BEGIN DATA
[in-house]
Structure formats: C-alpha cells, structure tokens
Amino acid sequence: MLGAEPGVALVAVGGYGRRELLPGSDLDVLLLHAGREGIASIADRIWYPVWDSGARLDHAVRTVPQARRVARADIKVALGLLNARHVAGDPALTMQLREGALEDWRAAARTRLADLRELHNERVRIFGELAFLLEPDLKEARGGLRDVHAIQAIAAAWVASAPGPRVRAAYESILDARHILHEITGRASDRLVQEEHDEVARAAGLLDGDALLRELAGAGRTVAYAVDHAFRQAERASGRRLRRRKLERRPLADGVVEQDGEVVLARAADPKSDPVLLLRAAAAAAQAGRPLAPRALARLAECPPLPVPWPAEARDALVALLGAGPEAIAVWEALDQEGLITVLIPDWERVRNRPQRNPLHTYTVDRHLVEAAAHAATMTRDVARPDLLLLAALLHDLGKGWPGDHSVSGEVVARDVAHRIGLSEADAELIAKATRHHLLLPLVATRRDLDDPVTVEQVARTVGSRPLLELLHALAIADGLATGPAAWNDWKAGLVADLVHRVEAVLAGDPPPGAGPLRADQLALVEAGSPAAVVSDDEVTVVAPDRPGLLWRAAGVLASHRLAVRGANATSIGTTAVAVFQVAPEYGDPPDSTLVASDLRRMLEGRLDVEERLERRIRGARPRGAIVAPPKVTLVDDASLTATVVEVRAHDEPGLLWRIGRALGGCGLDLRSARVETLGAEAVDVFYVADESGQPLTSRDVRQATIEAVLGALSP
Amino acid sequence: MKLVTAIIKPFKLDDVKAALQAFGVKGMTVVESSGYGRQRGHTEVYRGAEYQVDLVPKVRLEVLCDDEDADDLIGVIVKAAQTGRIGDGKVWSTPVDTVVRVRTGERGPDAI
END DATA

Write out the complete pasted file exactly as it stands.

[in-house]
Structure formats: C-alpha cells, structure tokens
Amino acid sequence: MLGAEPGVALVAVGGYGRRELLPGSDLDVLLLHAGREGIASIADRIWYPVWDSGARLDHAVRTVPQARRVARADIKVALGLLNARHVAGDPALTMQLREGALEDWRAAARTRLADLRELHNERVRIFGELAFLLEPDLKEARGGLRDVHAIQAIAAAWVASAPGPRVRAAYESILDARHILHEITGRASDRLVQEEHDEVARAAGLLDGDALLRELAGAGRTVAYAVDHAFRQAERASGRRLRRRKLERRPLADGVVEQDGEVVLARAADPKSDPVLLLRAAAAAAQAGRPLAPRALARLAECPPLPVPWPAEARDALVALLGAGPEAIAVWEALDQEGLITVLIPDWERVRNRPQRNPLHTYTVDRHLVEAAAHAATMTRDVARPDLLLLAALLHDLGKGWPGDHSVSGEVVARDVAHRIGLSEADAELIAKATRHHLLLPLVATRRDLDDPVTVEQVARTVGSRPLLELLHALAIADGLATGPAAWNDWKAGLVADLVHRVEAVLAGDPPPGAGPLRADQLALVEAGSPAAVVSDDEVTVVAPDRPGLLWRAAGVLASHRLAVRGANATSIGTTAVAVFQVAPEYGDPPDSTLVASDLRRMLEGRLDVEERLERRIRGARPRGAIVAPPKVTLVDDASLTATVVEVRAHDEPGLLWRIGRALGGCGLDLRSARVETLGAEAVDVFYVADESGQPLTSRDVRQATIEAVLGALSP
Amino acid sequence: MKLVTAIIKPFKLDDVKAALQAFGVKGMTVVESSGYGRQRGHTEVYRGAEYQVDLVPKVRLEVLCDDEDADDLIGVIVKAAQTGRIGDGKVWSTPVDTVVRVRTGERGPDAI